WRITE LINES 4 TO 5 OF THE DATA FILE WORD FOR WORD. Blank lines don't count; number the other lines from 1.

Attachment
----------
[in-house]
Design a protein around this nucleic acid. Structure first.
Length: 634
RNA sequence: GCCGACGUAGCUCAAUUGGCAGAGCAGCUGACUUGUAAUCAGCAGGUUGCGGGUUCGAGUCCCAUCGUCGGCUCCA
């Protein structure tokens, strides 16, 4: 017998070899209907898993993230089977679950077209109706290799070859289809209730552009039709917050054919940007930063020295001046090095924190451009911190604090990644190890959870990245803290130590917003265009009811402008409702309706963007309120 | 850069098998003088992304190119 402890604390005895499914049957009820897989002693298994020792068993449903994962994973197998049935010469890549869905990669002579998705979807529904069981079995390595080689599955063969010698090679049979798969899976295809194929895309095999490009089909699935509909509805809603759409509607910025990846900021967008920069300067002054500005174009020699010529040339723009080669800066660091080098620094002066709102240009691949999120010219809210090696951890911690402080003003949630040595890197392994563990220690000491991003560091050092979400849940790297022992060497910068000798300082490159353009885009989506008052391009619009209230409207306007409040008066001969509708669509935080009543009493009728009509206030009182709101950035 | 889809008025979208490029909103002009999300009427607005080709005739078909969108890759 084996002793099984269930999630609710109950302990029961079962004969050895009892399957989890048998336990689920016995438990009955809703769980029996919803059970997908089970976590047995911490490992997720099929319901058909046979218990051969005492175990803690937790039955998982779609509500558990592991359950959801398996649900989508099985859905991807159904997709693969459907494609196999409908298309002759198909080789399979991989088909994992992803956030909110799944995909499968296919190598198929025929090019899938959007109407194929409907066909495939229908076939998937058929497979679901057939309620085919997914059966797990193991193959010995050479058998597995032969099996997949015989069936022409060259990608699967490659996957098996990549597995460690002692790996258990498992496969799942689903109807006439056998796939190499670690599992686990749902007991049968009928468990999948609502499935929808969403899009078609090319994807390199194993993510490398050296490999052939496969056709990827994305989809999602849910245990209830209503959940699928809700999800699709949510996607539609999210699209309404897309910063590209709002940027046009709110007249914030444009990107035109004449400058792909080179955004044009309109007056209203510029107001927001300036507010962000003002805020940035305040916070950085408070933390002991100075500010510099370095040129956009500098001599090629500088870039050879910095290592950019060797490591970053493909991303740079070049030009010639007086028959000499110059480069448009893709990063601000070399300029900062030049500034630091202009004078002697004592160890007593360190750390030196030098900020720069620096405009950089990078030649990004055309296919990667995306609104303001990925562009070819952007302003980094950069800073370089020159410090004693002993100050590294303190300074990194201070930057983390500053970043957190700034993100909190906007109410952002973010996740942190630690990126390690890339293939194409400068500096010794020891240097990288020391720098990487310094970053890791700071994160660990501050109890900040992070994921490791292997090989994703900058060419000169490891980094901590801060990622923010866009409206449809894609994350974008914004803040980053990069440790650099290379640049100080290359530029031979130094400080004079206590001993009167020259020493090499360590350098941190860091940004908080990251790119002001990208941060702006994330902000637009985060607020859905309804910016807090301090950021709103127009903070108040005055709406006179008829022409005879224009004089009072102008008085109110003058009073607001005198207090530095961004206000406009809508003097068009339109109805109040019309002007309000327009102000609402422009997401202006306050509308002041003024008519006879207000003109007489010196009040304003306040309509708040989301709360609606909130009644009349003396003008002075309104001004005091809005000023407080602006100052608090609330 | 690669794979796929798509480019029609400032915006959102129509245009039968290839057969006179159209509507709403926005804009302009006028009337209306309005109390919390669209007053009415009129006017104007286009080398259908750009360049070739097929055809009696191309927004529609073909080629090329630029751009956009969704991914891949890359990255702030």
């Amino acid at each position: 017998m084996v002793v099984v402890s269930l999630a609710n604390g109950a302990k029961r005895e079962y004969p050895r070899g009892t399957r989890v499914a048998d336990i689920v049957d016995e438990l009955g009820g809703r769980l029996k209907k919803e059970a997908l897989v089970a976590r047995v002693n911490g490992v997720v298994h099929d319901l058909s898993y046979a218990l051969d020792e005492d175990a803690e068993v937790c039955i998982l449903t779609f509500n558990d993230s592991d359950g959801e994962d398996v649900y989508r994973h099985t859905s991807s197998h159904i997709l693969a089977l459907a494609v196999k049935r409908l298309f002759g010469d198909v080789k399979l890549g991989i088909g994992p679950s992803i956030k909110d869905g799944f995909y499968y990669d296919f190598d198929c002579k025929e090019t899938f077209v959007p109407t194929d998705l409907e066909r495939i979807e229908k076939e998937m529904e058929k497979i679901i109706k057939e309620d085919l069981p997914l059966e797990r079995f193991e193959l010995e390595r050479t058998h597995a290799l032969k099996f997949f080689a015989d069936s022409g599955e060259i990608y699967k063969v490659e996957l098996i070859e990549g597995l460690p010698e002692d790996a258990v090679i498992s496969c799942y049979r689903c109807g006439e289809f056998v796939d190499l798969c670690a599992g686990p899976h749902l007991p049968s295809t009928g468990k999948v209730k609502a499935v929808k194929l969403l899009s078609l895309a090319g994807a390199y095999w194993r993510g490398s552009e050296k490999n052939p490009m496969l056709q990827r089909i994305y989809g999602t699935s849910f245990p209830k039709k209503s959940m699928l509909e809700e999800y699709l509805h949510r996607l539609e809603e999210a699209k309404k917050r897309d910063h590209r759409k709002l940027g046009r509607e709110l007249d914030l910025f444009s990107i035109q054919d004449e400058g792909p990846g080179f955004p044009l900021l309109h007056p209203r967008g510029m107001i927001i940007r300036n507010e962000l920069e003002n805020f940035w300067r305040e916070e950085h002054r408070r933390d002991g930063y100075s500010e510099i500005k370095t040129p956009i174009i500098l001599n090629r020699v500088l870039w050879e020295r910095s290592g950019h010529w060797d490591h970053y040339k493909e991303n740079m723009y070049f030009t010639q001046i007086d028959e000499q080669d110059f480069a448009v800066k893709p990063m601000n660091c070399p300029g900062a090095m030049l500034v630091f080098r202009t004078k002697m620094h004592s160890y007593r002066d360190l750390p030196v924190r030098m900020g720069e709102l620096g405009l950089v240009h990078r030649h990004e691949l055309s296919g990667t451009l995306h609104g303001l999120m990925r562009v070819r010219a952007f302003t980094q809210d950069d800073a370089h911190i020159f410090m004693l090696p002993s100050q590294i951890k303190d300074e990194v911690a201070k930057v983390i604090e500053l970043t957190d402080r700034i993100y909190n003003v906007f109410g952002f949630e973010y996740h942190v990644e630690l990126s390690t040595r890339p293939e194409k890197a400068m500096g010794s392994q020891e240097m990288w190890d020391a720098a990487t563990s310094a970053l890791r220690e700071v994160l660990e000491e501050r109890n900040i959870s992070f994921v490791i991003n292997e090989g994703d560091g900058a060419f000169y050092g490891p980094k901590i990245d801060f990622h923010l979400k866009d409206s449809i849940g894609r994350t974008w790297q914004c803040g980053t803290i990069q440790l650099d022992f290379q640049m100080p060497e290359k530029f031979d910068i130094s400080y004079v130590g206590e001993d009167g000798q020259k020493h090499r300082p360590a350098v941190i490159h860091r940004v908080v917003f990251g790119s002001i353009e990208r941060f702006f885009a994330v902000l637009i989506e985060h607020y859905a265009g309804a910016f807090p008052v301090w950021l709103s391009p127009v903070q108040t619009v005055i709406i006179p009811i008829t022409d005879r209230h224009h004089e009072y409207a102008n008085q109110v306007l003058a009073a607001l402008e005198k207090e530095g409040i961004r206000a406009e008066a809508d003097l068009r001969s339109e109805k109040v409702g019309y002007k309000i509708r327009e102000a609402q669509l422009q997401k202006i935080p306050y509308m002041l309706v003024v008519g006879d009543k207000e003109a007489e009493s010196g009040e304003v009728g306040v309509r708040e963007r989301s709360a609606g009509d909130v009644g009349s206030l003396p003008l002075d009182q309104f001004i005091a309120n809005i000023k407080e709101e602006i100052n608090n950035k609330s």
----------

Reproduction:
RNA sequence: GCCGACGUAGCUCAAUUGGCAGAGCAGCUGACUUGUAAUCAGCAGGUUGCGGGUUCGAGUCCCAUCGUCGGCUCCA
């Protein structure tokens, strides 16, 4: 017998070899209907898993993230089977679950077209109706290799070859289809209730552009039709917050054919940007930063020295001046090095924190451009911190604090990644190890959870990245803290130590917003265009009811402008409702309706963007309120 | 850069098998003088992304190119 402890604390005895499914049957009820897989002693298994020792068993449903994962994973197998049935010469890549869905990669002579998705979807529904069981079995390595080689599955063969010698090679049979798969899976295809194929895309095999490009089909699935509909509805809603759409509607910025990846900021967008920069300067002054500005174009020699010529040339723009080669800066660091080098620094002066709102240009691949999120010219809210090696951890911690402080003003949630040595890197392994563990220690000491991003560091050092979400849940790297022992060497910068000798300082490159353009885009989506008052391009619009209230409207306007409040008066001969509708669509935080009543009493009728009509206030009182709101950035 | 889809008025979208490029909103002009999300009427607005080709005739078909969108890759 084996002793099984269930999630609710109950302990029961079962004969050895009892399957989890048998336990689920016995438990009955809703769980029996919803059970997908089970976590047995911490490992997720099929319901058909046979218990051969005492175990803690937790039955998982779609509500558990592991359950959801398996649900989508099985859905991807159904997709693969459907494609196999409908298309002759198909080789399979991989088909994992992803956030909110799944995909499968296919190598198929025929090019899938959007109407194929409907066909495939229908076939998937058929497979679901057939309620085919997914059966797990193991193959010995050479058998597995032969099996997949015989069936022409060259990608699967490659996957098996990549597995460690002692790996258990498992496969799942689903109807006439056998796939190499670690599992686990749902007991049968009928468990999948609502499935929808969403899009078609090319994807390199194993993510490398050296490999052939496969056709990827994305989809999602849910245990209830209503959940699928809700999800699709949510996607539609999210699209309404897309910063590209709002940027046009709110007249914030444009990107035109004449400058792909080179955004044009309109007056209203510029107001927001300036507010962000003002805020940035305040916070950085408070933390002991100075500010510099370095040129956009500098001599090629500088870039050879910095290592950019060797490591970053493909991303740079070049030009010639007086028959000499110059480069448009893709990063601000070399300029900062030049500034630091202009004078002697004592160890007593360190750390030196030098900020720069620096405009950089990078030649990004055309296919990667995306609104303001990925562009070819952007302003980094950069800073370089020159410090004693002993100050590294303190300074990194201070930057983390500053970043957190700034993100909190906007109410952002973010996740942190630690990126390690890339293939194409400068500096010794020891240097990288020391720098990487310094970053890791700071994160660990501050109890900040992070994921490791292997090989994703900058060419000169490891980094901590801060990622923010866009409206449809894609994350974008914004803040980053990069440790650099290379640049100080290359530029031979130094400080004079206590001993009167020259020493090499360590350098941190860091940004908080990251790119002001990208941060702006994330902000637009985060607020859905309804910016807090301090950021709103127009903070108040005055709406006179008829022409005879224009004089009072102008008085109110003058009073607001005198207090530095961004206000406009809508003097068009339109109805109040019309002007309000327009102000609402422009997401202006306050509308002041003024008519006879207000003109007489010196009040304003306040309509708040989301709360609606909130009644009349003396003008002075309104001004005091809005000023407080602006100052608090609330 | 690669794979796929798509480019029609400032915006959102129509245009039968290839057969006179159209509507709403926005804009302009006028009337209306309005109390919390669209007053009415009129006017104007286009080398259908750009360049070739097929055809009696191309927004529609073909080629090329630029751009956009969704991914891949890359990255702030």